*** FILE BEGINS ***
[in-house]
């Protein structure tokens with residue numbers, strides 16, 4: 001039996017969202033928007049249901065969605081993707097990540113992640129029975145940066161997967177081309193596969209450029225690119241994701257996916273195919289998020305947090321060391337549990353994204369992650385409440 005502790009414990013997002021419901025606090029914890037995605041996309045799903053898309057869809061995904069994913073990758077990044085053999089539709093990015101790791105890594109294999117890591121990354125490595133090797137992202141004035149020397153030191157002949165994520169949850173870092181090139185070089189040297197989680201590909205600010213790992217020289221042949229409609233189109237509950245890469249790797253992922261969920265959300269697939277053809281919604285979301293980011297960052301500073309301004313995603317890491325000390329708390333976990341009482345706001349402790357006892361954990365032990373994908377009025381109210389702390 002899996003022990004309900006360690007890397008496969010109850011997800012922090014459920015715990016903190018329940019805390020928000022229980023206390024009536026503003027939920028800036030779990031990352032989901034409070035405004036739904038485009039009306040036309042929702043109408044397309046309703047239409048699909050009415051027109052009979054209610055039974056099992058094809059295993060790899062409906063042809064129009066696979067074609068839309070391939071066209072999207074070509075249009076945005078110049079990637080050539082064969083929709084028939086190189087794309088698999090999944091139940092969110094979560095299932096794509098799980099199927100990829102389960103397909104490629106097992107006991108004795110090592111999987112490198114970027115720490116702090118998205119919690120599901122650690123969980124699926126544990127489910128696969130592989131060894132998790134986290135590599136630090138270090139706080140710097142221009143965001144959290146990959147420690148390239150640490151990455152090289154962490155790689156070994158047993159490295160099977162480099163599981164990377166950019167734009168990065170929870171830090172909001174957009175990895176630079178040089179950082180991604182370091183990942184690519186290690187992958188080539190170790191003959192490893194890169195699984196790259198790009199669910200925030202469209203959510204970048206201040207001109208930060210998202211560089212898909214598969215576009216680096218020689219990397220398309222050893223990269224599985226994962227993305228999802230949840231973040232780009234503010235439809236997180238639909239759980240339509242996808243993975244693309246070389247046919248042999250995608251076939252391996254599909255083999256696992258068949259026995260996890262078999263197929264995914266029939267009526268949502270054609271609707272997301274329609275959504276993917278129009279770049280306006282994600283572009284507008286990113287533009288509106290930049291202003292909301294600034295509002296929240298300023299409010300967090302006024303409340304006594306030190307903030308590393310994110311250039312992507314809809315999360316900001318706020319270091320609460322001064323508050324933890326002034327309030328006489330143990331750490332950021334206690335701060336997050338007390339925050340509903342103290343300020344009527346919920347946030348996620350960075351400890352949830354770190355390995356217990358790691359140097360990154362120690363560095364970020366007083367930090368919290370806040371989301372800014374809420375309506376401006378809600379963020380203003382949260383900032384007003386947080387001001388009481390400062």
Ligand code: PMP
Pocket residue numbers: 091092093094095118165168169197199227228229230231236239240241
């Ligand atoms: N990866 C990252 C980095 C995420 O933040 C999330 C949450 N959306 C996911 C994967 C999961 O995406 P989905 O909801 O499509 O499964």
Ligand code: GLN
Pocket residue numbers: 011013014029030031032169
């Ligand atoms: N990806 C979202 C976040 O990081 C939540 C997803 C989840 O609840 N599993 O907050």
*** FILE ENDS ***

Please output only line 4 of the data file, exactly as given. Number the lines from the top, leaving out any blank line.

Pocket residue numbers: 091092093094095118165168169197199227228229230231236239240241